Monday, December 28, 2015

New Products for Swimmers and Parents




I’m a huge fan of Shark Tank, the television program in which new entrepreneurs pitch their product to five millionaires in hopes of getting one to financially support their enterprise. It can be brutal! Yet each week men and women (and sometimes children) put it all on the line to sell an idea they believe in with all their hearts. So when I meet people who invest their time, energy, and money into products to improve the sport of swimming, I want to support them by sharing their ideas with the swim world.

Snappy Towel

It’s a cape! It’s a cover up! It’s Snappy Towel! Dan Wood, entrepreneur and founder of the Snappy Towels Inc., has spent almost as much time in the water as he has on land. (Sound familiar?) As a father of two imaginative beach-going kids, he has created a fun as well as useful product. First and foremost, Snappy Towels are made from a soft, super absorbent, microfiber fabric. If you’ve ever pulled sopping wet terrycloth towels from a swim bag, you can appreciate how lightweight and quick-drying they are. But that’s just the beginning. These towels have strong, smooth, plastic snaps that kids naturally pop together to create a hood, cape, or cover up to keep warm or for a quick change. Colors include bright red, blue, and orange. Finally, the towels have a handy loop for hanging or carrying. If you’re ready to try something new, check out Snappy Towels at http://snappytowels.com/.

MeetBop
Have you or your swimmer ever missed an event at a swim meet? (You can read all about my experiences here.) Two high-tech entrepreneurs who know first-hand the frustration of a swimmer missing an event decided to do something about it. They came up with MeetBop, the “only mobile app that truly lets you track the progress of a swim meet in real-time from any location.” The key to this clever app is that it is in real-time all the time! It also has a swim-alert feature that sends an automatic notification for approaching events that you designate as important. (This could come in handy for dads who like to slip off to the snack bar for a big pretzel and moms who are playing games on their phones. I’m just sayin’.) The app is a free download but swim parents must make meet directors, coaches, and referees aware of the benefits. All they have to do is contact MeetBop developers at info@olinenetworks.com. All parents and swimmers have to do is download the free app for iPhones or Androids here: http://olinenetworks.com/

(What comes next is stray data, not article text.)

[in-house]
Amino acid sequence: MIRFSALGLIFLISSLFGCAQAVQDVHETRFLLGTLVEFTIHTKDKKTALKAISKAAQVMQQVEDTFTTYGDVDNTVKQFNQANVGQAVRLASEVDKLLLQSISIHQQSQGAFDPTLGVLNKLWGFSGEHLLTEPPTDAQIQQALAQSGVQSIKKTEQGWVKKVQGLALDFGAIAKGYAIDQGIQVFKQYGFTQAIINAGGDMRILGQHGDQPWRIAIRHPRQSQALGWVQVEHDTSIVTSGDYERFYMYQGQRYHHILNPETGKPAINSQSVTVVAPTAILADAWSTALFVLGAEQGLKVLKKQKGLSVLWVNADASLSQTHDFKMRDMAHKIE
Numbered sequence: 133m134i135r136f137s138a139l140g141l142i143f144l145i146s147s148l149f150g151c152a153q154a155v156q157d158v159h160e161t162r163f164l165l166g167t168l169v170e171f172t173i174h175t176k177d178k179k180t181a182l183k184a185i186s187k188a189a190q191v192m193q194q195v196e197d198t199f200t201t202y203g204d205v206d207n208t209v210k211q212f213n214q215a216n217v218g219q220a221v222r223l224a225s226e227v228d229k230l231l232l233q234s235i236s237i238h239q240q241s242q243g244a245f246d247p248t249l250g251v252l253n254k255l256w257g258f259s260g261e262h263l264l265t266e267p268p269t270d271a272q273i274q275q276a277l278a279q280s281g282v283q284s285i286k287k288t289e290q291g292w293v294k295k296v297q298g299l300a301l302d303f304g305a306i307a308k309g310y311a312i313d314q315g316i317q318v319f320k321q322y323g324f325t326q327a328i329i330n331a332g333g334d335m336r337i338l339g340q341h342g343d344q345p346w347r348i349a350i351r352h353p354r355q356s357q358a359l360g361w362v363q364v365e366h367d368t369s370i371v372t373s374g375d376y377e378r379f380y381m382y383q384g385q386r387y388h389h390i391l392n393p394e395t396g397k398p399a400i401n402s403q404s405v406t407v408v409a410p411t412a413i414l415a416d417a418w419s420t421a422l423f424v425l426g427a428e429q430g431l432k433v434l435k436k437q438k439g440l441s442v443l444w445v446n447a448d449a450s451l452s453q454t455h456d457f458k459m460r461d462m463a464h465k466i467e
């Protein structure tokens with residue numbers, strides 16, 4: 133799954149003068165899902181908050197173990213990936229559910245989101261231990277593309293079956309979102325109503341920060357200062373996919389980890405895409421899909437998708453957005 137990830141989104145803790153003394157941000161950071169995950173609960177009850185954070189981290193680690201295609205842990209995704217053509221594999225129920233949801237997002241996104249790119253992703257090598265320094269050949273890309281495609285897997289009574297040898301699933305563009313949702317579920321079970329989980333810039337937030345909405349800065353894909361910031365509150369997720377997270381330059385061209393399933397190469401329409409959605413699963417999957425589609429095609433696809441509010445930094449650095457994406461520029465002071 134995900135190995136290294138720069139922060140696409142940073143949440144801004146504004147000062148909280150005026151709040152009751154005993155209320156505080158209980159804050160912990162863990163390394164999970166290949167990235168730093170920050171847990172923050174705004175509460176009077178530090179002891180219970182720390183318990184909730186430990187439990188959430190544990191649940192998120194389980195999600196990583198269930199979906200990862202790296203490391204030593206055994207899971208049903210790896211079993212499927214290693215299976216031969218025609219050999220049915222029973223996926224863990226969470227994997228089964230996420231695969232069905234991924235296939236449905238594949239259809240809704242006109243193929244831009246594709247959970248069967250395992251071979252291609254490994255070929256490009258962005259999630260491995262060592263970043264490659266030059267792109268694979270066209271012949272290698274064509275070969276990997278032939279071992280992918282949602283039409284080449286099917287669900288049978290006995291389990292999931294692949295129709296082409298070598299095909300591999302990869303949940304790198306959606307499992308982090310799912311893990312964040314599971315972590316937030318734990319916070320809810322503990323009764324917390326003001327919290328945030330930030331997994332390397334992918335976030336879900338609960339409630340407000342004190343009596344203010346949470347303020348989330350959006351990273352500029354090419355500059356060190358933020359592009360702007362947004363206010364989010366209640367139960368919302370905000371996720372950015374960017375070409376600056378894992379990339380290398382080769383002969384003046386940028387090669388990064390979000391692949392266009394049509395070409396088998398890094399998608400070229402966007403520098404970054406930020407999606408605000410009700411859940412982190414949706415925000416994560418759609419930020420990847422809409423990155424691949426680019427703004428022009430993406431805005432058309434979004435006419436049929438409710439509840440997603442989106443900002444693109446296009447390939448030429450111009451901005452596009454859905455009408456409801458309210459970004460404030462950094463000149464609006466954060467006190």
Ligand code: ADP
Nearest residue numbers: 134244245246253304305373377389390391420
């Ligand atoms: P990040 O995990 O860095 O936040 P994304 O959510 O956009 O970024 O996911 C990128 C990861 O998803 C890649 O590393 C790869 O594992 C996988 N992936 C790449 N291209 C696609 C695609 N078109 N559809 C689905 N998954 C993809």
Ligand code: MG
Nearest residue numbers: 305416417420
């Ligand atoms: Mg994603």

So there are just two examples of how innovative swim parents can be! And if they ever show up on Shark Tank, I believe they will get full backing for their ingenious ideas!


Saturday, July 25, 2015

50 Shades of Swim Moms

The morning news shared an intriguing human interest story about two young women at a baseball game who observed a wife in front of them sexting with another man while her husband was not looking. As they were leaving the stadium, the women slipped the unsuspecting husband a note explaining what they saw. They left their cell number in case he wanted the evidence they had captured by taking pictures of the wife’s screen from their own phone. (Which he did!)


I share this story as a caution that other people’s cell phones are very easy to view, especially when spectators are packed closely together. LIKE AT A SWIM MEET! We could have a moral debate about privacy but let’s just admit that when a 6” lighted screen is directly in your line of site, it’s hard to ignore it. 

Just last week while at a regional championship meet, I met an unassuming, super sweet swim mom sitting on the bleacher in front of me. We struck up a conversation. She told me how well her child was swimming at this meet and that they were thrilled to be back at finals. She explained that the rest of the family could not be there so they were was depending on minute-by-minute updates from her. It’s always fun to see the enthusiasm of parents new to the sport and I was totally onboard with cheering for the child of my new acquaintance (especially because they are not competing against my own). The race ended and her swimmer took off significant time. So as promised, the proud mom fired off texts to let the family know how well it went. 

Once that bit of excitement was over, we both went back to passing the time between events by reading. I was absorbed in the newly released Harper Lee book and she was reading an e-book on her phone. Now I had no intention of snooping to see what she was reading, but there it was right in front of me like a beacon. I don’t embarrass easily but the words glowing in front of me seemed so out of place for a swim meet. I was immediately reminded of Ralphie’s description of the leg lamp as “the soft glow of electric sex” from the movie, A Christmas Story

"The soft glow of electric sex gleaming in the window"
But there it was, she was reading (at an astonishing rate of speed) the most popular mommy porn of our day, 50 Shades of Grey.  


The moral of this cautionary tale: when at a swim meet, use a small font on your cell.

Sunday, March 15, 2015

Packing for an Away Swim Meet: Does it Ever Get Easier?

After years of packing for away swim meets, I’m intrigued that it never gets any faster. I have learned how to streamline the process, but it still seems to take a big chunk of time to get everything ready. To simplify the routine, I’ve broken it down into the following steps: